A Win, a Place, and a Show

Saturday found us at the Texas Rangers final night game at Globe Life Park. Next year, the team will begin playing at its new $1.1 billion stadium next door. Globe Life Field will seat almost 10,000 fewer fans, but they’ll be able to watch games in air-conditioned comfort (and without the two-inning wait at most concession lines).

On July 4, 2001, we went on our first date to what was then called The Ballpark in Arlington to watch the Rangers take on the Seattle Mariners. It was Alex Rodriguez’s first season as a Ranger, after playing six years with the Mariners. “A-Rod” scored the first run against his former team, thanks to a double by Rafael Palmeiro. Memorably, Mike Lamb and Palmeiro both hit home runs in that game. The Rangers went on to defeat the Mariners 6-3, and a festive fireworks display ensued.

Fast-forward 18 years to Saturday night. This time, the Rangers faced the New York Yankees. A-Rod had retired after 10 seasons as a Yankees player, but his influence on the team could still be felt. Country music legend Charley Pride was there to sing the National Anthem and God Bless America. Memorably, Rougned Odor hit his 30th home run for the season, a grand slam. And although the Yankees scored in the first inning, the Rangers pulled ahead and never looked back. They defeated the Yankees 9-4, and a festive fireworks display ensued. It was our last date at Globe Life Park.

As a place, the ballpark has meant so much to us. We’ve managed to go to a game there every year since that first trip in 2001. The years may have changed us, but the ballpark has remained a constant presence in our lives. It seemed like it would always be there, a steady reminder of that first time we knew we would spend the rest of our lives together. It may seem overblown, but the ballpark became a metaphor for our life together: filled with joys and sorrows, dreams and disappointments, home runs and fireworks.

Like we’ve done at every game we’ve attended, we couldn’t help talking about things bigger than baseball. Seeing Charley Pride got us talking about his trailblazing music career, not unlike the baseball career of Jackie Robinson. That led us into conversation about race and struggle and resilience and endurance. It’s why the place of baseball in Arlington has such a place in our hearts–because it’s where we’ve lived and loved and learned.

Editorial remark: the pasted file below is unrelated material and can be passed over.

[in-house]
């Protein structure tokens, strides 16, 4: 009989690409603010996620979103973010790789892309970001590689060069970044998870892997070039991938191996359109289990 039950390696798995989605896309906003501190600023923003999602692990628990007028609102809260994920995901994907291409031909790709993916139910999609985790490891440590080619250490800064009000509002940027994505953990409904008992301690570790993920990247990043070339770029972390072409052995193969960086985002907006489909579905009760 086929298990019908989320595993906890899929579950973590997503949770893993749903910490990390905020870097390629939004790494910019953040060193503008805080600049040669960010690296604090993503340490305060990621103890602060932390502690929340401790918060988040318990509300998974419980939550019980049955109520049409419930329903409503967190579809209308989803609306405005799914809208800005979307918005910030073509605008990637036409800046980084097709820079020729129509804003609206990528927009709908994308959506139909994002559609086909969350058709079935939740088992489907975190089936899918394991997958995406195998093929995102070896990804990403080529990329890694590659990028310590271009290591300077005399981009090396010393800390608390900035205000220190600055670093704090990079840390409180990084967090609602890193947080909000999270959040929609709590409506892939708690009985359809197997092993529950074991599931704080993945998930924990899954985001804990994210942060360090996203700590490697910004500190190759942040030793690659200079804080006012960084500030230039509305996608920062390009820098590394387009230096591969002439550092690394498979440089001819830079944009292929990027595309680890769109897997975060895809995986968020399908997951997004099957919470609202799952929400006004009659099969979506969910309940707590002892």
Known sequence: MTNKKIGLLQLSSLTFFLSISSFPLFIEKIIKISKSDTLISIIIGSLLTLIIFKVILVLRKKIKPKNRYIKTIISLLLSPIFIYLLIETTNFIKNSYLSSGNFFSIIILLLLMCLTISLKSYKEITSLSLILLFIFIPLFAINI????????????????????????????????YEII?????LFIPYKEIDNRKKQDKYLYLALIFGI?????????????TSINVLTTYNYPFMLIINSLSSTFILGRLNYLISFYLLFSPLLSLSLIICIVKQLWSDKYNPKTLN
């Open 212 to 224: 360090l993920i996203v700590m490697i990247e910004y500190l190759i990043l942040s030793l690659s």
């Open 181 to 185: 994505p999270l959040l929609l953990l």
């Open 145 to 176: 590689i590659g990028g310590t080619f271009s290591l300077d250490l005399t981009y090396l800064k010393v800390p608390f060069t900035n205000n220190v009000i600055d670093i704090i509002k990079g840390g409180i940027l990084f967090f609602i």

For our last game, we had seats in nearly the last row, but we made the best of it. The game, at least for the Rangers, was statistically meaningless. But when the sixth inning stretched on, we didn’t mind. We wanted to hold on as long as we could.

We’re looking forward to games in the new stadium, but Globe Life Park will always be special to us. Like many other fans, we won’t miss the miserable heat or the scorching sun of the old open-air stadium. The new stadium’s retractable roof will be deployed if the temperature rises above 82 degrees or if there’s even a hint of rain. Maybe the mechanical roof will increase stadium revenue from those who would otherwise not want to sit in the heat of a hot Texas summer. Maybe it will attract talented players, particularly starting pitchers who would otherwise not want to play in the oppressive heat. And when the roof is open, it will be almost like an open-air stadium.

Almost.

The difference between an open-air stadium and one with a retractable roof is like the difference between a car with a sunroof and a convertible. Both are open to the sky above, but the experience is not quite the same.

It’s interesting to note that Globe Life Park was built 25 years ago to replace the old Arlington Stadium, which had been built 30 years before that. The biggest drawback of the earlier stadium was its lack of protection from the Texas heat. Because of it, the Rangers were allowed to play most of their home games at night. Although the ballpark that replaced Arlington Stadium doubled capacity and added many amenities, it didn’t alleviate the main problem. For 15-20 nights of the year, temperatures on the field at Globe Life Park still exceed 110 degrees.

So why didn’t Globe Life Park take advantage of retractable roof technology at the time of its construction? In today’s dollars, the construction costs for Globe Life Park were a third of the new Globe Life Field. A modern mechanical roof would not have added significantly more. Call it planned obsolescence.

It’s another lesson we’ve learned from baseball. Change is inevitable, so embrace it and move on.